Good to the Last Drop

Published on: May 20th, 2011

When Megan Bucholz of Local Table Tours in Boulder asked if I wanted to come on her inaugural coffee and pastry tour of Boulder, how could I possibly say no? Coffee and pastry are two of my very favorite things in life, and wandering around downtown Boulder being plied with excellent java and equally delicious pastries sounded like a fine way to spend a Friday morning.

What I didn’t expect was how much I would learn about the humble coffee bean on this walking tour of Boulder’s finest coffee shops.

Our first stop was The Cup on Pearl Street. Owners Wendy and Chris Ball say The Cup will certainly serve a brew to your average Joe (har, har), but “We’re here for the coffee purist.” They serve coffee from local coffee roaster, and Roast Magazine’s 2011 Roaster of the Year, Conscious Coffee. Their beans are fair trade, organic and shade grown—and if you need a little refresher on what any of those terms mean, the staff at The Cup is happy to educate you.

In fact, coffee education is a big part of the mission at The Cup. The photos on the walls aren’t just anonymous art, but portraits of the real farmers and farms that supplied the coffee you’re sipping on any given day. Each photo comes with a story, and each story tells you a little something about the people and places that provide you with your morning jolt. And, on the last Saturday of every month, they invite the owner of Conscious Coffee into the shop for a free “cupping,” a tasting of one or several particular brews and discussion.

It’s enough information to make you seriously reexamine your cup of Folgers at home.

(Seriously though, you’re not drinking Folgers, right?)

The second stop of the day was The Unseen Bean, a coffee shop on Broadway, just off of Pearl, with a unique twist: Owner Gerry Leary is also the master roaster. And he happens to be blind. He buys top-quality beans from around the world and custom roasts them both for his shop and for his best customers. But he had to learn some special skills, as most coffee roasters rely heavily on sight—the color of the beans—when roasting. Leary had to develop his sense of smell and hearing, learning to differentiate the sound of a green bean tumbling in the roaster from the sound of one starting to pop and crack, like popcorn, from reaching the perfect roast.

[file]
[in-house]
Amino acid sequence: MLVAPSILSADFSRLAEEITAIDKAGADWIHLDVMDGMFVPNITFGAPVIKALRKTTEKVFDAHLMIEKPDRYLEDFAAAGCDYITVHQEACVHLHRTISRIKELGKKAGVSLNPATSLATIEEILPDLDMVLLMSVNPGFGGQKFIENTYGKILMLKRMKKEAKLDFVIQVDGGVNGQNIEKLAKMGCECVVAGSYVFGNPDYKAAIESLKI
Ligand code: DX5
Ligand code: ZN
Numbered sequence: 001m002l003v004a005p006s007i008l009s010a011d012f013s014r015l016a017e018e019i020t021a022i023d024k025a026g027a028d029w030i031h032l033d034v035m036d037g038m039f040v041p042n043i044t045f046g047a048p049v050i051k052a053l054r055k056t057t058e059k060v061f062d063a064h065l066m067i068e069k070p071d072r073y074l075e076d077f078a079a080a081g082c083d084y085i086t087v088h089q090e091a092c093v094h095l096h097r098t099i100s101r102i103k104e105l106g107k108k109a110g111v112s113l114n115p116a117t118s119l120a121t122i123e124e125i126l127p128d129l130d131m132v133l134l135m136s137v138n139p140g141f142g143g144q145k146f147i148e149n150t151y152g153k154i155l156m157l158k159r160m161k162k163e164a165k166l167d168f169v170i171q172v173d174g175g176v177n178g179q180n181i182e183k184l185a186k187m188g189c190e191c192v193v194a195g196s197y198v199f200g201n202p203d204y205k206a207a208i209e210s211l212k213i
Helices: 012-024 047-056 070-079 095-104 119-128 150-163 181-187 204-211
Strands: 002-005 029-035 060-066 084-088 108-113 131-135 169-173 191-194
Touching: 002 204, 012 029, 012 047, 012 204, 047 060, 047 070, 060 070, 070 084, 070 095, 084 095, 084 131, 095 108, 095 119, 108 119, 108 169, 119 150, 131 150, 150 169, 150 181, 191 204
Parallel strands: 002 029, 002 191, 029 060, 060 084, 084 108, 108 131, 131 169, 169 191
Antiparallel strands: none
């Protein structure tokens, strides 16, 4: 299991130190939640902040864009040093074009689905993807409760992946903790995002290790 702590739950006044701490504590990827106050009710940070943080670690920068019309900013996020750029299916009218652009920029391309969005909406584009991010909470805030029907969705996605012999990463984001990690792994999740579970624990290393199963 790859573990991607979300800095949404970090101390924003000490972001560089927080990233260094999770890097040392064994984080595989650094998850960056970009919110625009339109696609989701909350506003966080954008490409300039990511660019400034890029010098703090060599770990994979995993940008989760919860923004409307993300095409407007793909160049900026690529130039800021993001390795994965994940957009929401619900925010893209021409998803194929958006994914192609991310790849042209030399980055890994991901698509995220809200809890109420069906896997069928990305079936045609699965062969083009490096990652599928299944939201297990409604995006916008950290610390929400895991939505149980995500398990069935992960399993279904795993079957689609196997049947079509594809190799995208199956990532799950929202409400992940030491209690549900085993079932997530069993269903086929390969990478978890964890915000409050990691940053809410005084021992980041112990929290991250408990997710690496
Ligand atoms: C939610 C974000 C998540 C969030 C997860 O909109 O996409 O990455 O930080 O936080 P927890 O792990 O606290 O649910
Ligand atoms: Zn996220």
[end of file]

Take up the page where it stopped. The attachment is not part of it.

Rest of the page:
Finally, we took our over-caffeinated selves to Tee & Cakes on 14th Street. I knew the confectionary was well known for its excellent baked goods, but I had no idea they took their coffee so seriously as well. They serve Novo Coffee, roasted in Denver, and co-owner Brian Wood was happy to wax poetic about their sun-dried beans and brew. A more perfect accompaniment to a perfect cupcake, we can’t imagine.

5 Facts I Did Not Know About Coffee

Coffee beans have a season. Just like everything else grown in the ground, coffee beans from different parts of the world are ready at different times of the year.

Coffee has terroir. Terroir is a wine term referring to the qualities of the soil, the sun and the water used to grow the grapes. And the same factors contribute to the flavors in coffee.

Grinders rule. For the home brewer, a good coffee grinder is
the most important apparatus in
the kitchen.

Coffee beans go stale. Beans that have sat around too long or have been stored in the wrong conditions, start to lose flavor.

Brewed coffee goes stale, too. That’s why good coffee shops have timers on their big carafes. Anything that sits for more than an hour has cooked too long.

Local Table Tours offers its Coffee and Pastry tours every Friday. Visit
localtabletours.com for a full schedule of its tour offerings.

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